Bill Frist's Office Changes Poll Question on Site After Closing Poll!

Trouble in Texas

Sean says it all right here, with screenshots. It's despicable.

As Bill Frist's judicial slumber party took off in Washington, his official website sponsored a poll about the situation. But in a stunning display of pettiness, they solicited votes for one question, and then displayed the results under a different question.

The first question was this: Should the Senate minority block the body's Constitutional duty to provide the President's judicial nominees with an up or down vote?

Those in favor of the judicial nominees being blocked would have voted No, although they would have been wrong to do so. I would say that the minority has a Constitutional duty to take their "advice and consent" on such matters seriously. On several of Bush's deficient nominees, the minority has done so.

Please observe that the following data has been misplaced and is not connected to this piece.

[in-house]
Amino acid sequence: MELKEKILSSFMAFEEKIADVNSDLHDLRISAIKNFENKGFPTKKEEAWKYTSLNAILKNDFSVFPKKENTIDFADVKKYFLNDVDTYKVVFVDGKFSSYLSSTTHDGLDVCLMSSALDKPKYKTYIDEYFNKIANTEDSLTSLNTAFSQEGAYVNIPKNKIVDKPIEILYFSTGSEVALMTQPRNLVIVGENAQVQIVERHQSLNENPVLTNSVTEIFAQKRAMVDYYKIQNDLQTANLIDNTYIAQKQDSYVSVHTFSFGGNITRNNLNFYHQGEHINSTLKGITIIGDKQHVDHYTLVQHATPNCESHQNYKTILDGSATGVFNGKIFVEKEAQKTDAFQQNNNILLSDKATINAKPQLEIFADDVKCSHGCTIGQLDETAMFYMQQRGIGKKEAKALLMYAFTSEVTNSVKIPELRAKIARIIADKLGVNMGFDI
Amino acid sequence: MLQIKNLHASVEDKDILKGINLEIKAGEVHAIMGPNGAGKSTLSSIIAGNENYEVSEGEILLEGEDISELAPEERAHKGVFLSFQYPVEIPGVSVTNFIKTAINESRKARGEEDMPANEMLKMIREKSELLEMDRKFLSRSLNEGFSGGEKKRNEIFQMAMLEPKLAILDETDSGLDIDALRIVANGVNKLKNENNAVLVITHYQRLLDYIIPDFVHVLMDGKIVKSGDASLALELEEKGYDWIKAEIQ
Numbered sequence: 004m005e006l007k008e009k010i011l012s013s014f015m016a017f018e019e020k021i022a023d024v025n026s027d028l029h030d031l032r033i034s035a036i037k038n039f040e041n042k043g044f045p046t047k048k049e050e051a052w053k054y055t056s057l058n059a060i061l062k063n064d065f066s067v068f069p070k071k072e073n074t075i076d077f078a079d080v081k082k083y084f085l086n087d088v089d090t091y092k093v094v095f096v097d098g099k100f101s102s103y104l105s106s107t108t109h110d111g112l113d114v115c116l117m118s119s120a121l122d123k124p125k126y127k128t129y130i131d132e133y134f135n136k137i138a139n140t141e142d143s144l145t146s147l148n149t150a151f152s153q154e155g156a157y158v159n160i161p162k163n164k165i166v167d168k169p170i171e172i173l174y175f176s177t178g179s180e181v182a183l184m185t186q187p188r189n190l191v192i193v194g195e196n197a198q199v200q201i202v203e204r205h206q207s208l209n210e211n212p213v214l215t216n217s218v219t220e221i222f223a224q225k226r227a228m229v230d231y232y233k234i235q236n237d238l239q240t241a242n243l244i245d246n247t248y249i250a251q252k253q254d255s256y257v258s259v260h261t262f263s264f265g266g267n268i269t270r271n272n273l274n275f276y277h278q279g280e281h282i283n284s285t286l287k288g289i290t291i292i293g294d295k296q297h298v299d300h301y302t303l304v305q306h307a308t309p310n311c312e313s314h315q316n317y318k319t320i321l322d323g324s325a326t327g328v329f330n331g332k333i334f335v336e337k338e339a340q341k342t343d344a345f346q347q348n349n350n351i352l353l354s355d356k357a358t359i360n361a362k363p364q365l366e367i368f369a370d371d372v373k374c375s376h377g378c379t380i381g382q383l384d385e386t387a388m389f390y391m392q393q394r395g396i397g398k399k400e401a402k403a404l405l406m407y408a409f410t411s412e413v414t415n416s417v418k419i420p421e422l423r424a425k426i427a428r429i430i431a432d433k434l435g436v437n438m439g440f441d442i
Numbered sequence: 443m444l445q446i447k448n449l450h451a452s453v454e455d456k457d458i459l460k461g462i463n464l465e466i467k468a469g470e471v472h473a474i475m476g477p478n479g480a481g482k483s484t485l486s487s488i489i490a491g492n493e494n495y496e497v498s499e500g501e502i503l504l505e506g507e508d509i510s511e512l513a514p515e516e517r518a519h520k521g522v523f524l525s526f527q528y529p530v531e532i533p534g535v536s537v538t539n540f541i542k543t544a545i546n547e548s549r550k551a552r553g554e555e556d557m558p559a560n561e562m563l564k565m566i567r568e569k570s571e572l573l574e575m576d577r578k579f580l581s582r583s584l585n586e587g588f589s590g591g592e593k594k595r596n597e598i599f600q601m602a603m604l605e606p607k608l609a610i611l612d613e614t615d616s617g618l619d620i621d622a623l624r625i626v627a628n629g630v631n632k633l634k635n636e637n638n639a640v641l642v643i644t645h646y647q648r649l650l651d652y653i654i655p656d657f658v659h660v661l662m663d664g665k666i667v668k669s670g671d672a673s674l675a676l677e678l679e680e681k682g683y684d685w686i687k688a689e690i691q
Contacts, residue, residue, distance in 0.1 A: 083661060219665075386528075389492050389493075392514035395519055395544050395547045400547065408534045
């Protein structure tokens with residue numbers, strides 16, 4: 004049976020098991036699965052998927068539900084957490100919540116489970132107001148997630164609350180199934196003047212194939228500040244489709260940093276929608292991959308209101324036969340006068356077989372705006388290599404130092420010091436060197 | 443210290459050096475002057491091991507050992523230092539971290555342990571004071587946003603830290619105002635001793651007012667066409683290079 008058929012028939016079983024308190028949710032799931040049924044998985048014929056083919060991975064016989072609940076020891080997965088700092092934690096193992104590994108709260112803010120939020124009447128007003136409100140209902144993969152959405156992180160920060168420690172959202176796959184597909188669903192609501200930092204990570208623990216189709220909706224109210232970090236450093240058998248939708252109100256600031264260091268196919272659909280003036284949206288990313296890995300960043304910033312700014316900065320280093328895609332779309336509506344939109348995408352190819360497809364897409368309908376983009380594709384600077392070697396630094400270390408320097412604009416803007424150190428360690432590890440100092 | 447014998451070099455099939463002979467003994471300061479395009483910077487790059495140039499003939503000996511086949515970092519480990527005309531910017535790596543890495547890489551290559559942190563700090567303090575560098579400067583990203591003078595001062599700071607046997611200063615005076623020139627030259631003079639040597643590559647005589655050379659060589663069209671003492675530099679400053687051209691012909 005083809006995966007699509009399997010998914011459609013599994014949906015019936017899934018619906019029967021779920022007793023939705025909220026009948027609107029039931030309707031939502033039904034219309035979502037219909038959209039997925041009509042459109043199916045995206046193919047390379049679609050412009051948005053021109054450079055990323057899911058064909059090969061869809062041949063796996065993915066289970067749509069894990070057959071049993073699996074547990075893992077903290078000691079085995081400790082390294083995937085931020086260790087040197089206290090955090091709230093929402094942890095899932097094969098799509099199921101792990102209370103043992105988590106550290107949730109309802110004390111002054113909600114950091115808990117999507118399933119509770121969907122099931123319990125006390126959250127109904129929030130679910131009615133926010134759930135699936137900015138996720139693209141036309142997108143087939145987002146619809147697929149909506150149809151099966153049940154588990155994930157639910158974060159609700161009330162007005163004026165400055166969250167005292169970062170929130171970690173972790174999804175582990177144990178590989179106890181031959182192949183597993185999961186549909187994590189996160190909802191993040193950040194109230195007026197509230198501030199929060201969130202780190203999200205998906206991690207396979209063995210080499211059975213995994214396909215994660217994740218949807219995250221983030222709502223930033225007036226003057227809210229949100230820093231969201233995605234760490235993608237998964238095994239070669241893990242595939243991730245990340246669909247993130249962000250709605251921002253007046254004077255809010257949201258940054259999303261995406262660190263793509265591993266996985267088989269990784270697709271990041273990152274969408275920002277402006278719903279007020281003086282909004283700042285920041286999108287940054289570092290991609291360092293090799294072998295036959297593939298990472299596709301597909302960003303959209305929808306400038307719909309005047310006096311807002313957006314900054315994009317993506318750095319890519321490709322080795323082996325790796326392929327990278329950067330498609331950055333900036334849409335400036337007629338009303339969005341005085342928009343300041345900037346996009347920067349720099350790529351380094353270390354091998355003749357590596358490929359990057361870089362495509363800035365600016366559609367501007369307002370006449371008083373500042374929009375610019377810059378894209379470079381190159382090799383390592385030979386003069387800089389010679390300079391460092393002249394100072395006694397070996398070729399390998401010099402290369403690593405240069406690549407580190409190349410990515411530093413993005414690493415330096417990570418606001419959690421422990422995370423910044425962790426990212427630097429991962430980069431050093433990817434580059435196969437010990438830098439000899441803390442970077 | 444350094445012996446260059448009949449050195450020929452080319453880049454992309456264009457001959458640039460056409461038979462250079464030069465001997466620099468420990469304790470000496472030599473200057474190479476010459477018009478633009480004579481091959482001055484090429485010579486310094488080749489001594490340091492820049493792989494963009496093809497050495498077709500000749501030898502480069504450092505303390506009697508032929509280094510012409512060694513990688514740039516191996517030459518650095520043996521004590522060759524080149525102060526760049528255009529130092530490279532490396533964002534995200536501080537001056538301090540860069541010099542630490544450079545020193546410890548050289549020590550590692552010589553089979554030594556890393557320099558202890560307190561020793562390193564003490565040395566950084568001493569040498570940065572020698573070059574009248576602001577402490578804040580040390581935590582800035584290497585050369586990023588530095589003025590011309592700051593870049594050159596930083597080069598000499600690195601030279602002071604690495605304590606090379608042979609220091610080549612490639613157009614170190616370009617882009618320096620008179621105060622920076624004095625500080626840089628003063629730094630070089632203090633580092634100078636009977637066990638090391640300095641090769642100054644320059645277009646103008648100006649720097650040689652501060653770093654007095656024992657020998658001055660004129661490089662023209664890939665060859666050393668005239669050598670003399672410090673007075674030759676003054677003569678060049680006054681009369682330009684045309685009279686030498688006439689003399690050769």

This is their Constitutional privilege, and denying them the power of filibuster strikes at the heart of the Constitution. Bill Frist's shameful power play should sober all Tennesseans as to the character of our representative.

When the poll closed after 106,285 votes, the Yes category led over the No category 54% to 46%. It's sad that around 50,000 people would deny a seminal Constitutional right to the minority party in the Senate, but there it was. But Frist's office had a plan.

They changed the question when reporting the poll numbers!

Now the question reads: Should the Senate perform its Constitutional duty to provide the President's judicial nominees with an up or down vote?

The question is clearly different, and now misleads about the real nature of the poll.

The poll, of course, was not scientific; it was done to promote the slumber party around the Internet. Liberal and conservative surfers alike will inform their friends about such polls and try to overwhelm the other side. It's a cybernetic tug-of-war.

But for Frist's office to play these kind of memory-hole games with the facts is beneath contempt. What ickle toady-toads they are...